Forgot your password?

Dyeing Easter Eggs the Natural Way

By Edited Nov 11, 2015 2 5

   Women have been delighting their children and grandchildren with decorated eggs for centuries. To create these time-honored tokens of friendship and love, they used natural dyes made from fresh fruits or vegetables plus whatever decorations they had on hand. Here's how to color Easter eggs the old-fashioned way. It's easy and fun.

Naturally Dyed Easter Eggs

Hard Cooking Eggs for Dyeing

1..To prepare the eggs for dying, dip each one into a mild detergent solution.

2..Scrub gently with a soft brush to remove the oil coating (the dye will adhere better), Rinse the eggs well.

3..Place the eggs in a stainless steel, enameled, or glass saucepan or Dutch oven (don't use aluminum or the dye won't hold on the eggs). Pour cold water over the eggs until the water is 1-inch over the top of the eggs. Bring to a boil. Lower heat and cook just below simmering for 15 minutes.

4..Drain, then cover the warm eggs with cold water. Let them stand in the water until cool enough to handle. Refrigerate until you are ready to dye the eggs.

Natural Dyes

   Fruits, vegetables, spices, herbs and seeds provide a multitude of delightful natural colors for dyeing Easter eggs. Working with natural materials is especially enjoyable because it's not a precise science. The richness of color you obtain depends upon the concrentration of the dyeing liquid, the length of time you leave the egg in the dye and the surface of the egg itself.

   To get started, here is a list of colors that can be obtained from natural materials. (Remember that if you plan to eat your dyed eggs, you must use edible and chemical and pesticide free dyeing materials).

Dyeing Eggs

Pinks and reds. For a variety of light pinkish reds, use about 2-cups cranberries, sliced beets or red raspberries.

Orange. For a wide range of orange shades, use the skins from 4-large yellow onions

Yellow. For delicate yellows, use 2-teaspoons ground cumin or for a more lively yellow try 2-teaspoons ground turmeric.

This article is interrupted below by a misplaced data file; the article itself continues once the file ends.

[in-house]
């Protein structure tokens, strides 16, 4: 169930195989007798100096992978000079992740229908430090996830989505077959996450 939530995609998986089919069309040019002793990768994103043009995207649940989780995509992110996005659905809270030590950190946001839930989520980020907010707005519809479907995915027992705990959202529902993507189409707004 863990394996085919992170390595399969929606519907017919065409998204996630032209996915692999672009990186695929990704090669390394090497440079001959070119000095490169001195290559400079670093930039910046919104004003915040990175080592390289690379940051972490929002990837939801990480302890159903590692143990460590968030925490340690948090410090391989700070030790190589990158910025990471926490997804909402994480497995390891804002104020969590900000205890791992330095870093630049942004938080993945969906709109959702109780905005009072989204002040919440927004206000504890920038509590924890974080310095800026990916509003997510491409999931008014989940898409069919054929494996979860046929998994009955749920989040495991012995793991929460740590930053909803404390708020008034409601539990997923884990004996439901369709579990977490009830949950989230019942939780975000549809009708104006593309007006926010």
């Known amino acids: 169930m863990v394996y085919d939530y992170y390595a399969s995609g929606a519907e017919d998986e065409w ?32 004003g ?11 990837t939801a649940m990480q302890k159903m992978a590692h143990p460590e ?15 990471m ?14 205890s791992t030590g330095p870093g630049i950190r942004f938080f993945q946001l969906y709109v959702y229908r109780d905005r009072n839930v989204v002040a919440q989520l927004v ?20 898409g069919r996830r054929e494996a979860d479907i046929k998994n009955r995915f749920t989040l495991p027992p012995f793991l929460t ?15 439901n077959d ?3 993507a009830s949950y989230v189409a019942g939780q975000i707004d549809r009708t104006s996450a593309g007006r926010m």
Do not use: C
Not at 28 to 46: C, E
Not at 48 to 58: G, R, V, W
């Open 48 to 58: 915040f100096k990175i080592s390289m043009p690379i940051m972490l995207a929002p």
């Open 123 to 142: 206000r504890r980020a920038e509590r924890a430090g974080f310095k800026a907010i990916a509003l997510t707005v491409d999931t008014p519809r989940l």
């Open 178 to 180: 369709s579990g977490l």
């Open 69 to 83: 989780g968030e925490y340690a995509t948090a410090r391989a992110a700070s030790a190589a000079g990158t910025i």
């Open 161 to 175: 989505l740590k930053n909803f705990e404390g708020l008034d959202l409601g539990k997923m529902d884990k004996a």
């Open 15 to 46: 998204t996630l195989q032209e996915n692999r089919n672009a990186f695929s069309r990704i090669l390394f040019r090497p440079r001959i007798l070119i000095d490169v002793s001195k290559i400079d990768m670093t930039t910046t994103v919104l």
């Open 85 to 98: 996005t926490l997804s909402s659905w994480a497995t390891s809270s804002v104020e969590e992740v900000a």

Blue. For blues that range from pale to deep teal, use about 4-cups red cabbage leaves. For shades of medium to deep blue try 2-cups canned blueberry juice.

Dyeing Easter Eggs

Step 1...To brew dyeing liquid from fresh fruits or vegetables, first wash and rinse them well. Then, place the fruit or vegetables in a stainless steel, enameled or glass saucepan. (Don't use aluminum or the dye won't hold on the eggs). Add 2-cups cold water. Bring to a boil. Lower heat and simmer, covered for 5 minutes. Remove from the heat. Cool to room temperature.

Step 2...To stain the dyeing liquid, set a colander in a medium sized bowl and pour the cooked mixture through the colander. Discard the dyeing material and store the stained liquid in a sealed and labeled jar in the refrigerator until you're ready to color Easter eggs. (You can brew and strain the dyeing liquid up to 2 weeks before using).

Step 3...Pour the brewed dyeing liquid or fruit juice into a small stainless steel, enameled, or glass saucepan. Bring to a boil over medium heat. Remove from heat and stir in 1-tablespoon white vinegar. Carefully lower 2 to 4 eggs into the hot liquid. Let stand until the eggs reach the desired color. (Natural dyes do not take as quickly as commercial dyes. It may take only a few minutes or up to several hours for the eggs to dye to the color you want).

Step 4...Dry eggs. Once all the colored eggs are dry, lightly brush the eggs with cooking oil. Chill. (Will keep for about 10 days)



Omit step 1 and 2 if you are using canned fruit juice as dyeing liquid.



Mar 3, 2011 9:46pm
Wow! I love the idea of using natural dyes to color Easter eggs. I'll have to pass this article on to my daughters so they can use it with their kids! Thanks.
Mar 4, 2011 12:11pm
Working with paint a lot, I was fascinated by the way the colors were achieved. Great article!
Mar 4, 2011 10:07pm
Makes me want to have an easter egg dye party!Nice article.
Mar 7, 2011 3:30pm
Thanks ladies.
Feb 8, 2012 1:42am
Way cooler then food coloring. Got to try drying eggs with Jade.
Add a new comment - No HTML
You must be logged in and verified to post a comment. Please log in or sign up to comment.

Explore InfoBarrel

Auto Business & Money Entertainment Environment Health History Home & Garden InfoBarrel University Lifestyle Sports Technology Travel & Places
© Copyright 2008 - 2016 by Hinzie Media Inc. Terms of Service Privacy Policy XML Sitemap

Follow IB Lifestyle